A Greenpoint factory site worth hundreds of millions burns before it can be landmarked; eleven fires hit a stretch of Prospect Heights.
An overview of the thumb-sucking consultants, clothing coordinators, and other entrepreneurs who will rear your child on your behalf.
Robert Silvers and Barbara Epstein of The New York Review of Books set the table for the city’s left intellectuals for the past 40 years.
Phalanx of bodyguards can’t protect him from PDA.
He understands now it’s campy.
Posters a lie.
No Q&A, no mercy.
For a week that passed in the shadow of the darkest day in city history, it probably was not surprising that red, white, and blue were on display.
Tammy Faye’s pierced-and-tattooed son has moved here to spread the word to Williamsburg. Are PBR drinkers ready for their own PTL?
Epidemic of carpet-tack attacks along the Hudson River paths.
Aeron designer dies, and office furniture loses its 9/10 innocence.
Somewhat persecuted area nudists escape to Gunnison Beach in New Jersey at the end of the season.
Why it won’t matter how Eliot Spitzer wins once he gets to Albany.
A powerful but easy-to-use telescope, miraculous mirror-clearing spray, and more.
Adrienne Wong of Superdeluxe.
Store openings this week.
The “Fli High Fli Guys” discuss the continuing influence of the Fresh Prince.
The Japanese Invasion continues in mediocre fashion.
A hatch green chiles rellenos recipe from a Kitchen/Market chef.
Ted Turner on the local restaurant biz.
A tale of two tomatoes.
Week of September 25, 2006: Pinkberry and Goblin Market.
Bare-bones plain, cheap, and earnest, Je’Bon Noodles seems oblivious to our town’s bold new world of pulsating Asian eateries-on-steroids.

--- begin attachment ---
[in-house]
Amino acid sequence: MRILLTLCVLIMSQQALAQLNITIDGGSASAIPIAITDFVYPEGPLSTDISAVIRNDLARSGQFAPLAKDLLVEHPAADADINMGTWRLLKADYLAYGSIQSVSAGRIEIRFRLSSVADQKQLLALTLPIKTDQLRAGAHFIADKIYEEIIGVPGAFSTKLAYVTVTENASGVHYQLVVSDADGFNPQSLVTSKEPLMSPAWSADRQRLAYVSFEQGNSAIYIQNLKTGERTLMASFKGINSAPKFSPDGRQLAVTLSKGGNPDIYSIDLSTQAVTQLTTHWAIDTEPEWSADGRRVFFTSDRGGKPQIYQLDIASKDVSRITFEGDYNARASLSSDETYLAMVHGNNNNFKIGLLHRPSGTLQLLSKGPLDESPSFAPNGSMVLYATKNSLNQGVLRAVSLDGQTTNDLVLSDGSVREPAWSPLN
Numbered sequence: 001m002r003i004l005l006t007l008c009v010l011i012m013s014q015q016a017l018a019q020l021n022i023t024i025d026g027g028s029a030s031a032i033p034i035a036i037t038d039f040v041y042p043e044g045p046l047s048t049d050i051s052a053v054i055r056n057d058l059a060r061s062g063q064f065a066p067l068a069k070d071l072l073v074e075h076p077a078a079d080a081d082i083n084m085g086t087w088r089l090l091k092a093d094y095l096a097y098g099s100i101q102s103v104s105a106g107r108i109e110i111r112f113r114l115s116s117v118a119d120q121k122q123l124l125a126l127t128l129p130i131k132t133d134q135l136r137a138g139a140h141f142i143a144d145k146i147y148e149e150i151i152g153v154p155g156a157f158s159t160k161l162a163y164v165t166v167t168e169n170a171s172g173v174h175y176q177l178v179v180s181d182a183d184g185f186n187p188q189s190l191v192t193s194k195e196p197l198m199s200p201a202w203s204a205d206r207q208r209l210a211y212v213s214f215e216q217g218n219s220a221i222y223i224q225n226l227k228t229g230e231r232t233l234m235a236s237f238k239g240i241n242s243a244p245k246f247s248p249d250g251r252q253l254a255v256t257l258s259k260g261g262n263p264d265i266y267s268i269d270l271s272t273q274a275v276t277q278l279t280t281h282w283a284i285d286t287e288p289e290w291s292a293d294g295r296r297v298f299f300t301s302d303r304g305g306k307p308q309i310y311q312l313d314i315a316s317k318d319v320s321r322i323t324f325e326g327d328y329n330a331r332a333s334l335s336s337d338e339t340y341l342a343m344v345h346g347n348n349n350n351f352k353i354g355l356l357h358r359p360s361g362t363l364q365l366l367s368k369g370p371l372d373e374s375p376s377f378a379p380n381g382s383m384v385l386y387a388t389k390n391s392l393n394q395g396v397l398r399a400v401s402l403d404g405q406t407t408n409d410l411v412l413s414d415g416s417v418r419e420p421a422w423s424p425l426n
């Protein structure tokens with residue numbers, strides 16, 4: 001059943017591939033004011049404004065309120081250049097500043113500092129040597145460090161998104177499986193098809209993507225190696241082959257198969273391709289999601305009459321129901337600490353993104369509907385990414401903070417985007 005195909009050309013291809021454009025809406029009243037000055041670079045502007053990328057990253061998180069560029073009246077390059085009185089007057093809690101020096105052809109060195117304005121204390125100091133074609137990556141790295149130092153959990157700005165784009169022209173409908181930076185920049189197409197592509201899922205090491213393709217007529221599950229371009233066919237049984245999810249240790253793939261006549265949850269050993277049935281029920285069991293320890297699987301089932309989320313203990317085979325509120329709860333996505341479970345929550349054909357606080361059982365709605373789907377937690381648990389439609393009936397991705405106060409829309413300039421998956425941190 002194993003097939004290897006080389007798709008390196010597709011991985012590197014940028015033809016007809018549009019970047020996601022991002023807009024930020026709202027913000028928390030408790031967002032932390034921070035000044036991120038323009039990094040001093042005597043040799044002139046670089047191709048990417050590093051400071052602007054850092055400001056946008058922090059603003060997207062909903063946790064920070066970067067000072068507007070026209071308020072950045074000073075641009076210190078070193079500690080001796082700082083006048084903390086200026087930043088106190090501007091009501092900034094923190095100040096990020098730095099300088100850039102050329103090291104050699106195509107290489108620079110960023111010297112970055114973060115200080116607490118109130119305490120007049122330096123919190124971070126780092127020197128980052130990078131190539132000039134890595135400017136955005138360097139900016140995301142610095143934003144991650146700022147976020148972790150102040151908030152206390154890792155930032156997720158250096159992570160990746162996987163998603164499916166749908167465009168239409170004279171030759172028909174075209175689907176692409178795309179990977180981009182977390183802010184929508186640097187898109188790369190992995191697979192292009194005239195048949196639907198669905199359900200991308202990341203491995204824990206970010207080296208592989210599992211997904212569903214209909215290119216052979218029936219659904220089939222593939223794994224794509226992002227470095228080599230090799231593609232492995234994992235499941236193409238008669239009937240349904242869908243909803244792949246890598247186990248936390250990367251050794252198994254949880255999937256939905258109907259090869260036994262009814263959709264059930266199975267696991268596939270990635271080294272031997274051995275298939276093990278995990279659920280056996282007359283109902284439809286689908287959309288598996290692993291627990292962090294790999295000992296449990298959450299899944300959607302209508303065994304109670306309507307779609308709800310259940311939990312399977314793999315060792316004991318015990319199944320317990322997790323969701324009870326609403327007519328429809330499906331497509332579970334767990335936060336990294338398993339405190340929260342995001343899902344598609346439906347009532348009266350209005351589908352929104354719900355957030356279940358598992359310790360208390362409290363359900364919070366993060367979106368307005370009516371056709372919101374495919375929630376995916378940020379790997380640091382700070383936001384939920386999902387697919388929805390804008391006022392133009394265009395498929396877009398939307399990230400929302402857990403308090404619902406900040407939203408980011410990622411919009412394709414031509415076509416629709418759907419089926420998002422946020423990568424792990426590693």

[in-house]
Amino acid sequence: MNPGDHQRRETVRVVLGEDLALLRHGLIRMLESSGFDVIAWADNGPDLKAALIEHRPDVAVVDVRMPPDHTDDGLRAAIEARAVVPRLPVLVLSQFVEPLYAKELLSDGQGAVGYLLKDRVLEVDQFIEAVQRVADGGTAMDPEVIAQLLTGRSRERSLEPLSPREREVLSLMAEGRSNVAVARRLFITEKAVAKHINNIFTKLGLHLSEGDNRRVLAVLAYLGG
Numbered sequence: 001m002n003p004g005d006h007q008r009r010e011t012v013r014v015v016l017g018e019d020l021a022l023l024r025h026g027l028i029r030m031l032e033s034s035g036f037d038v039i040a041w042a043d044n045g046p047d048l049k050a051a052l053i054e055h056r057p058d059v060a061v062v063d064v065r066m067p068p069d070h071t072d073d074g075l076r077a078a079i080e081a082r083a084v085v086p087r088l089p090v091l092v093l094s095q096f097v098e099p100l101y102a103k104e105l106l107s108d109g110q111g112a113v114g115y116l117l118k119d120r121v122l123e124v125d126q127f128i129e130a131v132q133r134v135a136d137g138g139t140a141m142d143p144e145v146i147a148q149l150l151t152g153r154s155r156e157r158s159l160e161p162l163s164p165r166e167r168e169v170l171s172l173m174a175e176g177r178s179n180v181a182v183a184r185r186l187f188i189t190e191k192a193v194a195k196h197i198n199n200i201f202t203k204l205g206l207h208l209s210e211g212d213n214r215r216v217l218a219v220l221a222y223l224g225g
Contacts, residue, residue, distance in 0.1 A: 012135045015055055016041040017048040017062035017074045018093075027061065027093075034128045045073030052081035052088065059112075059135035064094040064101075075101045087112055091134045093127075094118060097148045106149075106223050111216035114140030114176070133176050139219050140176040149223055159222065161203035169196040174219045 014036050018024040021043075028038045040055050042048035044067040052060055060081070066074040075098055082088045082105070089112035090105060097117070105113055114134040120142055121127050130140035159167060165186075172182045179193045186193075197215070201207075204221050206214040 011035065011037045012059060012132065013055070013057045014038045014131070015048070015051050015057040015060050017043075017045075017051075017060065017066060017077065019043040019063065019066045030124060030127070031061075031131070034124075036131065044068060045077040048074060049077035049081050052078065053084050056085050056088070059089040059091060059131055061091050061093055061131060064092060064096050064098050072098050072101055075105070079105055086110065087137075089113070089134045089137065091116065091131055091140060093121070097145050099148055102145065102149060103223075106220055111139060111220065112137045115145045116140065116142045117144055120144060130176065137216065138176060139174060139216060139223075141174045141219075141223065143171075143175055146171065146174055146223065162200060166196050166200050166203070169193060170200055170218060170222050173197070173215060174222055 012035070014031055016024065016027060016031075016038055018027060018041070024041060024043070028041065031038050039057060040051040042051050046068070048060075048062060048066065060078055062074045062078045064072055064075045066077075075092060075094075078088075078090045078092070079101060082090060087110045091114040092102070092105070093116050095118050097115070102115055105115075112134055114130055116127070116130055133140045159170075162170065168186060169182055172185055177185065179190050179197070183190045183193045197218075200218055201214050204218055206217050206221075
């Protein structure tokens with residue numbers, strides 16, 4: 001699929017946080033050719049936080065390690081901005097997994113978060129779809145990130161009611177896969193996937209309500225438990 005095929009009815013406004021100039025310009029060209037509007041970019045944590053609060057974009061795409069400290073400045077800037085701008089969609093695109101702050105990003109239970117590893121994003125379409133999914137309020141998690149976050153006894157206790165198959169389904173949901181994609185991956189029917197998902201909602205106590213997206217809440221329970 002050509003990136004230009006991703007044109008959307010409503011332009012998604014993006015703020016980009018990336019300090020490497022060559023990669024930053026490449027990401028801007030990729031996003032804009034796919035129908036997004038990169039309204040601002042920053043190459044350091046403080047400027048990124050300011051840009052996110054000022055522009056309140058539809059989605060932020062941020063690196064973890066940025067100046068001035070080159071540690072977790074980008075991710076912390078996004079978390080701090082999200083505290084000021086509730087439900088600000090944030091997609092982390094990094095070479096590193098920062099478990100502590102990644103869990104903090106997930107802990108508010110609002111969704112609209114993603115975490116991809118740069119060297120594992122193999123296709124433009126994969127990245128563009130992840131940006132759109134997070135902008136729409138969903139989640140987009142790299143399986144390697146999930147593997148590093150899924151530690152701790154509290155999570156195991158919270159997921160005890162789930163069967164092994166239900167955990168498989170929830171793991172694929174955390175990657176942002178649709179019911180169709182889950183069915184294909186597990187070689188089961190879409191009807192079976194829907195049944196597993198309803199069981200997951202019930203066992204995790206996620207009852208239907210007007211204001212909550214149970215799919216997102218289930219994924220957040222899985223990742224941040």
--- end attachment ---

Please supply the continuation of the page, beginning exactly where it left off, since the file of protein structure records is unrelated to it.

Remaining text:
With the fall social season in full swing, some high-profile places start serving midday meals.
Celebrating hat season.
Finishing 40 years of construction in Battery Park City.
Whether you’re celebrating Rosh Hashanah or just a standard-issue autumn week, spiritual matters dominate the bookstore scene.
Our picks from the Ohio Theater’s Ignite festival, a three-week downtown mix of cabaret, monologues, comedy, dance, and one-act plays.
Dance music may not be the dominant form it was a few years back, but don’t count out rump-shaking just yet.
The National Museum of the American Indian stays put—and grows into its building.
Scissor Sisters, chart-topping icons abroad, underground icons at home.
Michel Gondry’s latest is superb until the disappointingly bitter end.
Enjoyable, non-pedantic political films at the Toronto Film Festival.
An overly credulous account of Orson Welles’s mid-career misadventures.
Eve Ensler preaches to the liberal choir.
How to install a three-ton sculpture.
An exhibit on dealer Ambroise Vollard might be big-name tourist bait, but it’s still illuminating.
Yearning for the days when legal shows weren’t just about loud arguments and strange crimes.
Despite cast changes, rewrites, and producer musical chairs, this brainy soap checks in with promise.
Kyle Chandler is the new coach, Connie Britton his terrific wife, and Scott Porter the star quarterback injured in the first game of the season.
Smith seems to be shot inside the head of Orson Welles, kaleidoscopically noir enough to frighten even the French.
Q&A with the Grey’s Anatomy actress.
Our deliberately oversimplified guide to who falls where on our taste hierarchies.